Abstract

Background

Angiotensin-converting enzyme inhibitors and angiotensin receptor blockers improve cognitive function. The authors therefore tested the primary hypothesis that preoperative use of angiotensin inhibitors is associated with less delirium in critical care patients. Post hoc, the association between postoperative use of angiotensin system inhibitors and delirium was assessed.

Methods

The authors conducted a single-site cohort study of adults admitted to Cleveland Clinic critical care units after noncardiac procedures between 2013 and 2018 who had at least one Confusion Assessment Method delirium assessment. Patients with preexisting dementia, Alzheimer’s disease or other cognitive decline, and patients who had neurosurgical procedures were excluded. For the primary analysis, the confounder-adjusted association between preoperative angiotensin inhibitor use and the incidence of postoperative delirium was assessed. Post hoc, the confounder-adjusted association between postoperative angiotensin system inhibitor use and the incidence of delirium was assessed.

Results

The incidence of delirium was 39% (551 of 1,396) among patients who were treated preoperatively with angiotensin system inhibitors and 39% (1,344 of 3,468) in patients who were not. The adjusted odds ratio of experiencing delirium during critical care was 0.98 (95% CI, 0.86 to 1.10; P = 0.700) for preoperative use of angiotensin system inhibitors versus control. Delirium was observed in 23% (100 of 440) of patients who used angiotensin system inhibitors postoperatively before intensive care discharge, and in 41% (1,795 of 4,424) of patients who did not (unadjusted P < 0.001). The confounder-adjusted odds ratio for experiencing delirium in patients who used angiotensin system inhibitors postoperatively was 0.55 (95% CI, 0.43 to 0.72; P < 0.001).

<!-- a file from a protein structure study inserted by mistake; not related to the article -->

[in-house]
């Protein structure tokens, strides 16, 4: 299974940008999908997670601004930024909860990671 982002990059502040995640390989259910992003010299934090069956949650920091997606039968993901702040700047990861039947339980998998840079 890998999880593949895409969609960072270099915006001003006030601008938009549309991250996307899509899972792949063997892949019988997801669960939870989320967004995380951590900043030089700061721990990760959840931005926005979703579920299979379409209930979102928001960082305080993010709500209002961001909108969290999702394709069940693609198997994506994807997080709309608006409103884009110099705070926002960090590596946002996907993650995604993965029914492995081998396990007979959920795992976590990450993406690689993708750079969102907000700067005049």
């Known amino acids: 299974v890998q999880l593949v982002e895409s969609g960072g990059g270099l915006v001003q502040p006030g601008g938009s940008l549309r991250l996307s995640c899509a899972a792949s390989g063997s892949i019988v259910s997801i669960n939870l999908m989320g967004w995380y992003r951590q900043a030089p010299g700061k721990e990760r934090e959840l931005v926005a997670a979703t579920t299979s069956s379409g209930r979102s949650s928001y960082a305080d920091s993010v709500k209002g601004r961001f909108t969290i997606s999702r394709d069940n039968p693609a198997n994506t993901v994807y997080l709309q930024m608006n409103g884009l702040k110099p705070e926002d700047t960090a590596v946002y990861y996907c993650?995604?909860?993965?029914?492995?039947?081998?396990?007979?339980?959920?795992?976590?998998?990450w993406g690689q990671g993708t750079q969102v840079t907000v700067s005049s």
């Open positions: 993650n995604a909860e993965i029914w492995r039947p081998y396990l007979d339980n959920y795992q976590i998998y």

Conclusions

Preoperative use of angiotensin system inhibitors is not associated with reduced postoperative delirium. In contrast, treatment during intensive care was associated with lower odds of delirium. Randomized trials of postoperative angiotensin-converting enzymes inhibitors and angiotensin receptor blockers seem justified.

Editor’s Perspective
What We Already Know about This Topic
  • Postoperative delirium is common in surgical intensive care patients

  • Angiotensin-converting enzyme inhibitors and angiotensin receptor blockers improve cognitive function

What This Article Tells Us That Is New
  • In a single-center cohort study of adults admitted to a surgical intensive care unit, preoperative use of angiotensin-converting enzyme inhibitors or angiotensin receptor blockers was not associated with reduced postoperative delirium

  • However, rapidly starting angiotensin-converting enzyme inhibitors or angiotensin receptor blockers postoperatively was associated with reduced delirium

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